Review: THE FRONT RUNNER

In this handsomely produced drama, director Jason Reitman works with Hugh Jackman to explore that moment when covering politics became tabloid journalism.

Does a leader’s personal life matter? The old saying goes that if a man can’t stay true to his spouse, who’s to say he will stay true to his nation. In the late 1980s, popular Democrat Senator Gary Hart naively believed that the press would ignore the stories of his infidelity. Maybe it wasn’t naivety, rather, maybe it was arrogance.

“The Front Runner” gets the time and place down perfectly. Shot on 35mm film with vintage lenses, everything looks exactly right. When the action moves to Florida, you can almost feel the humidity. And when Hart announces his campaign in the mountains of Colorado, there is a fresh crispness in the air. Into those authentic settings are placed the seedy events that brought down the Democrat hopeful. The problem with the story, I think, is that what happened just isn’t seedy enough for cinematic treatment. By today’s standards, this old scandal seems tame—Weiner, anyone?

Charting Hart’s first presidential campaign loss to Vice President Walter Mondale in 1984, we see Hart (Hugh Jackman) forming into an experienced policy wonk. A forward-thinking, good-looking guy with modern ideas, he was dubbed the “Atari Democrat.” Immersed in ideology and specific policy positions, we see him spending hours drafting speeches with his advisors and making last second changes to speech copy. He’s informed. He’s smart. He’s, also, terribly flawed. His wife, Lee (Vera Farmiga), is by his side during key press events, but privately, there’s a bit of distance between them. Sure, Hart plays the husband and father role, but his mind and maybe his heart is elsewhere.

It is not a spoiler to reveal that Hart’s turning point is an affair with Donna Rice. That relationship, uncovered early during the Democrat primary, effectively ended Hart’s campaign in May of 1987. And in the film, we see the boat, aptly named “Monkey Business,” on which he is said to have met Rice. But for some reason, we never see the photograph aboard that Miami yacht that precipitated in his downfall. Recently, it has been revealed that the entire thing might have been a set-up, a political hit job that preyed on Hart’s weakness for women. Also, not covered in the film is the fact that Hart did get back into the race in December of that year only to withdraw again. Was this another display of arrogance? Or more naivety?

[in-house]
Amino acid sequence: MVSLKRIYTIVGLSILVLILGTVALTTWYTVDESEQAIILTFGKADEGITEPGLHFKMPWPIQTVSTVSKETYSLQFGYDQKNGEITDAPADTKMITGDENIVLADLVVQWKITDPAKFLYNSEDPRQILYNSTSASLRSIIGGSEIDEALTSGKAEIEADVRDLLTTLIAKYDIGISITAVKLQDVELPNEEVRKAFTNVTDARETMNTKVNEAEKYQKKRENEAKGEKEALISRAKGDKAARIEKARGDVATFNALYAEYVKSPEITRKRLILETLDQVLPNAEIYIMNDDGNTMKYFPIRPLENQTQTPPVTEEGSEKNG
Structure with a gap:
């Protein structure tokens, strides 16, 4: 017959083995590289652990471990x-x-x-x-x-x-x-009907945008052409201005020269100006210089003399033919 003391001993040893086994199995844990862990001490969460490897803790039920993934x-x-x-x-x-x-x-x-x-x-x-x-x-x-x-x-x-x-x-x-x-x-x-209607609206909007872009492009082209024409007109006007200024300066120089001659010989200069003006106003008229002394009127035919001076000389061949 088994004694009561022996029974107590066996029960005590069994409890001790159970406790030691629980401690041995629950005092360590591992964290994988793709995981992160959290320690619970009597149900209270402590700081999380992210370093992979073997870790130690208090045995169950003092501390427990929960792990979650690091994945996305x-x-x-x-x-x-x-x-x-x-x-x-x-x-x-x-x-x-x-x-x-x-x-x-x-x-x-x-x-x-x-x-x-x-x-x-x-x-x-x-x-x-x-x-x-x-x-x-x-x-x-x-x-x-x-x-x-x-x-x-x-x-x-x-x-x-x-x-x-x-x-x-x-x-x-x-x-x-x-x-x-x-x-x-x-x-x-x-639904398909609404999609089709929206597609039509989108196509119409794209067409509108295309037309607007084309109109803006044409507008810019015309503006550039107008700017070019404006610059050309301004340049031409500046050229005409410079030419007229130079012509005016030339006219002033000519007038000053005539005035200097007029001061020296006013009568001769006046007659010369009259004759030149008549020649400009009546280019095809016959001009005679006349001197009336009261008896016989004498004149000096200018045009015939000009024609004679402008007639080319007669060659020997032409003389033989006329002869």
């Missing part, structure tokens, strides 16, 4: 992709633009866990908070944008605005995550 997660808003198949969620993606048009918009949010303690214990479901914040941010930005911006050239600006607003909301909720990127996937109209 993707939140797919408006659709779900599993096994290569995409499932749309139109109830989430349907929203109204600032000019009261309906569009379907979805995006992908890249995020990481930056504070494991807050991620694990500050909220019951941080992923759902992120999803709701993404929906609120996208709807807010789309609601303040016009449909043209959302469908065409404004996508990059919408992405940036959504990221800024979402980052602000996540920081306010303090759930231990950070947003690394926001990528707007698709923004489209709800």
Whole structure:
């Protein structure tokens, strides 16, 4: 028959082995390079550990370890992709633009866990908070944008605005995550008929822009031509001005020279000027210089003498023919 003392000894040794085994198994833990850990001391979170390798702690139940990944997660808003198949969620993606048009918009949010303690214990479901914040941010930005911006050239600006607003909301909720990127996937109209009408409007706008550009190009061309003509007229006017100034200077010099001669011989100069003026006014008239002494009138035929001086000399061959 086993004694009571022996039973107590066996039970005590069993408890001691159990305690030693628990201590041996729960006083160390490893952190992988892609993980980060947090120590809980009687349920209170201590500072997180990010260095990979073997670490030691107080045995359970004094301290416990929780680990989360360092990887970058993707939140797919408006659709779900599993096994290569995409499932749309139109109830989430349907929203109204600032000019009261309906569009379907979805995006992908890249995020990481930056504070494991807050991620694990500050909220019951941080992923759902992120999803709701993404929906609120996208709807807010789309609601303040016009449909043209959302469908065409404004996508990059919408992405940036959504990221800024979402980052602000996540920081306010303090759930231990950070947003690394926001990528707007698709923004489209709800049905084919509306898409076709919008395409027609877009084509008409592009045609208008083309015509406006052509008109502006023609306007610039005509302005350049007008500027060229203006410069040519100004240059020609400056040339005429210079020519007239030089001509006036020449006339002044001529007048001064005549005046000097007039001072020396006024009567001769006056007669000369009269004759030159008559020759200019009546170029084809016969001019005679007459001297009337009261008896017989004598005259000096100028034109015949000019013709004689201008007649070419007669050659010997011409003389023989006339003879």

Hart is played by Hugh Jackman. Early, he seems to adopt a perfect accent and manner as the infamous politician. But as the film progresses, he just becomes Jackman. An extremely likable leading man, Jackman can carry a film, even, as here, a lesser one. But his charisma is impossible to diminish, especially, when the role requires him to be wounded. And because he really never looks bad, ever, on camera (okay, maybe in “Les Misérables” and parts of “Logan”), the script has to work extra hard to make us feel his character’s pain.

And making us see Hart devolve as the affair destroys his political ambitions proves to be a high hurtle. The story never gets dirty enough. And even as Hart is shaken by the stunning events, Jackman hardly loses his matinee presence and good looks. Maybe that is the point of the film. Hart looked the part even at the end, but underneath, he was all wrong. It is that underneath that we needed to see more of here.

Not given enough attention by director Reitman, who works from a script he co-wrote with two other writers, is Donna Rice (Sara Paxton), the other woman at the center of the affair. In her late 20s in 1987, Rice was forced to withdraw from public life as the press came crashing in. Her story, ironically enough, could have provided an edgier perspective. And while it’s hinted at in “The Front Runner,” Rice is merely given surface treatment. Worse, despite a line of dialogue that mentions her education, Rice comes off as a pretty face that was easily manipulated by Hart for his own carnal pleasures.

And Lee Hart’s story is equally intriguing. In an end credit sequence, we’re told that she and Gary, who is now 81, are still together. And that speaks volumes about their relationship. The script tip-toes around exactly how much Lee knows about her husband’s extra-marital relationships. Was there an understanding between them? Apparently, there was, however, this aspect is lightly suggested in the movie, which again undercuts the potential for a more complex and gritty story.

What we get with “The Front Runner” is a one line comment on political history. In 1987, the personal life of a candidate became the big story. Infidelity took down a potential President. The mechanisms and procedures hastening his demise are on display, but we aren’t given any suggestion why Hart made such a reckless decision. Was it the old ways that such a forward-thinking, modern candidate wanted to take advantage of? Possibly, but Reitman keeps us at a distance from Hart the man, and instead giving us the image with little of substance uncovered beneath.

“The Front Runner” blandly covers a footnote in political history, without giving us a clear perspective that allows the viewer to make sense of Hart’s key character flaws.

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